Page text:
"Capture the Sun" by George Morgan, Saturday, May 17, 3:30pm
An event for the Caltech Alumni Weekend
What if someone created a non-polluting form of energy that was cheap and inexhaustible? In 1989, Dr. Stanley Pons of the University of Utah and Dr. Martin Fleischmann of Cambridge claimed to have done exactly that. They invited journalists from around the world to a press conference in which they announced their discovery . a discovery the media soon began referring to as "cold fusion." After several highly respected universities began announcing successful replication of the Pons/Fleischmann experiment, all hell broke loose, and everyone everywhere began to believe that the Earth.s energy problems had been resolved forever. Through interviews and records provided by academic researchers . many from Caltech . George D. Morgan's latest play shines a light on the dramatic story of two scientists whose rise to fame, and subsequent humiliation, was played out in front of the entire world. "Capture the Sun" will be directed by Brian Brophy, Director of Theater Arts at Caltech. Morgan's first two plays in his "Pasadena trilogy" . "Rocket Girl" and "Pasadena Babalon" . were also produced at Caltech under the direction of Brian Brophy.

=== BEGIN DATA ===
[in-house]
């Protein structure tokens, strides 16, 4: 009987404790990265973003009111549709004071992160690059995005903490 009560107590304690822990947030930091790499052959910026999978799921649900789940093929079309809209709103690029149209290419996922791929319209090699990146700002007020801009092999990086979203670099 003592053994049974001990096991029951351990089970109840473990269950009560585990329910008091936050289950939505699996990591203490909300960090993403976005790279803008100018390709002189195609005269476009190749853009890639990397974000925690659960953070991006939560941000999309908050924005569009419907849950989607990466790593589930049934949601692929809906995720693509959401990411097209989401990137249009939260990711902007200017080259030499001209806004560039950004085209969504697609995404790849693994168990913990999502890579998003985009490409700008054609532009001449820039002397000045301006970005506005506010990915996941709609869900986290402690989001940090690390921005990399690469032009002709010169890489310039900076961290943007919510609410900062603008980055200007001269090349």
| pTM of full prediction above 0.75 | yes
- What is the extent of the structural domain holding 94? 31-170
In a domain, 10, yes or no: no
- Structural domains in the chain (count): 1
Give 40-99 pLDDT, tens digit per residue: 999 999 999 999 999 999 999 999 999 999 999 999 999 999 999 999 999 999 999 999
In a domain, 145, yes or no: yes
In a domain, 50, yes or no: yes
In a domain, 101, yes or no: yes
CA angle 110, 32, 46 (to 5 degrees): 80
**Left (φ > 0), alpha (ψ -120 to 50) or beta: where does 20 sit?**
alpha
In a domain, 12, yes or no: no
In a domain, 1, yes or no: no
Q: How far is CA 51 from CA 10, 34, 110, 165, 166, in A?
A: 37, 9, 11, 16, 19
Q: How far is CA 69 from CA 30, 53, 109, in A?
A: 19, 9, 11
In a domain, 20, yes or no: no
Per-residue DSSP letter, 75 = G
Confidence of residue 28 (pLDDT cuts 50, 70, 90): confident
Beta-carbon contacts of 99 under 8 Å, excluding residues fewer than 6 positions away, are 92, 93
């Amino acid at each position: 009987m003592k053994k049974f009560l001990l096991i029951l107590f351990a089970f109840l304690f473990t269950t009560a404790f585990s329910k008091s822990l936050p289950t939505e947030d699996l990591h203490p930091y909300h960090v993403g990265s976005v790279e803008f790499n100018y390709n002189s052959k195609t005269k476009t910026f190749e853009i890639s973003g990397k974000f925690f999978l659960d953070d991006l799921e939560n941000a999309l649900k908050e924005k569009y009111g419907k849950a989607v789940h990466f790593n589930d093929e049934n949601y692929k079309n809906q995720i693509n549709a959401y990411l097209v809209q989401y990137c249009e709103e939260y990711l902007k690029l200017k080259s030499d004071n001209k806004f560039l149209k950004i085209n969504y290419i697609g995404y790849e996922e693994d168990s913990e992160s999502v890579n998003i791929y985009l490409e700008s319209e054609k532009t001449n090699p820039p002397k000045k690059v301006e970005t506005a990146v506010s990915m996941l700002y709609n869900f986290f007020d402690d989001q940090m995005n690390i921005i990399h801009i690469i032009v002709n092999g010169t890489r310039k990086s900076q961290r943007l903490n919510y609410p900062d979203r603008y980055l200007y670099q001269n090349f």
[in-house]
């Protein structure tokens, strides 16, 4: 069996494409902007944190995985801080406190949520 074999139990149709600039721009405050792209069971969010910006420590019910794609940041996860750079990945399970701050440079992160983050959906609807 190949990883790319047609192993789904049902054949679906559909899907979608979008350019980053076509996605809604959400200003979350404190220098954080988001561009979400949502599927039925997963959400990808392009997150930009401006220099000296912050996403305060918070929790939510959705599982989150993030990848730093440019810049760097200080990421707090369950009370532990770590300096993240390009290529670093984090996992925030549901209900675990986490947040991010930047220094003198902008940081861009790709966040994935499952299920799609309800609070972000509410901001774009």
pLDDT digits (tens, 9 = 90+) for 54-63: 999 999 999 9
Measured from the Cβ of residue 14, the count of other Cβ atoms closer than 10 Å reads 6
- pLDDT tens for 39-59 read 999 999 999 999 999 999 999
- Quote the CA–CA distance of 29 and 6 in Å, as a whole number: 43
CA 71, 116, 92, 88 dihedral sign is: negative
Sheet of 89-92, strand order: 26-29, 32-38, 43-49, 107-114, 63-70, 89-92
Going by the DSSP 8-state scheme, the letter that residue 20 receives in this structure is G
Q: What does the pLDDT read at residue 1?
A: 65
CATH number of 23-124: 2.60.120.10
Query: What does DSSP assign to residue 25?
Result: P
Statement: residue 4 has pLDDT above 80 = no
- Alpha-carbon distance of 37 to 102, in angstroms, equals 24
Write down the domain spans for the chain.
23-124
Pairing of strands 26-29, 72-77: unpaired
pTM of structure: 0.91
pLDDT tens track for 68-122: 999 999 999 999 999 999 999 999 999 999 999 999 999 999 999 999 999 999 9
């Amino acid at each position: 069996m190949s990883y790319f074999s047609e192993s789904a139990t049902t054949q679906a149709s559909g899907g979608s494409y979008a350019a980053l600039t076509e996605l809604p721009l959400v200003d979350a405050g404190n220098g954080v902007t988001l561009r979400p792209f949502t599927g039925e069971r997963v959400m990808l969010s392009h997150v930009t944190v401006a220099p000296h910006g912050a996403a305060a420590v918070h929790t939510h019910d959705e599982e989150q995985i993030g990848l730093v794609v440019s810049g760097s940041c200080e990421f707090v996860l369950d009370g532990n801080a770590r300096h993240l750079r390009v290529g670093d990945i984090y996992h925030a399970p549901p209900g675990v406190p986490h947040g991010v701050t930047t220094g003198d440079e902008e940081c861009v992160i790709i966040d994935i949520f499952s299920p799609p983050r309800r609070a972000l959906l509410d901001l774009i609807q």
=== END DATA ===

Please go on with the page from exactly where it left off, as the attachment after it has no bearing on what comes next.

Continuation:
The Festival of New Science-Driven Plays at Caltech
MACH 33: The Festival of New Science-Driven Plays at Caltech fosters compelling dialogues on scientific, mathematical, and technological questions by staging readings of new, unpublished plays by Los Angeles-area playwrights. MACH 33 offers artistic and very human experiences that capture our moral imagination and deepen public conversations and curiosity about science. The readings, by casts including Caltech students, faculty, staff, and other members of the Caltech / JPL / Huntington Library community, are open to the public and include post-show discussions with the playwrights. Each season, one play is selected for its world premiere in the following year as a fully staged production at Caltech.
Why is the festival named MACH 33? The "escape velocity" is the speed needed to "break free" from the gravitational attraction of a massive body. On the surface of Earth, escape velocity is about 11.2 kilometers per second, or approximately 33 times the speed of sound: Mach 33. Our name thus celebrates the innovative, dynamic breakthroughs that scientists and artists achieve.
Through our performances and post-show discussions, MACH 33 strives to:
- Challenge and broaden the view of science, mathematics, and technology in the popular imagination
- Make science feel more alive, exciting, and tangible
- Deepen our emotional responses to science and scientific inquiries
- Activate new ways of imagining the science all around us
- Strengthen personal connections to the scientists, engineers, and mathematicians who shape our world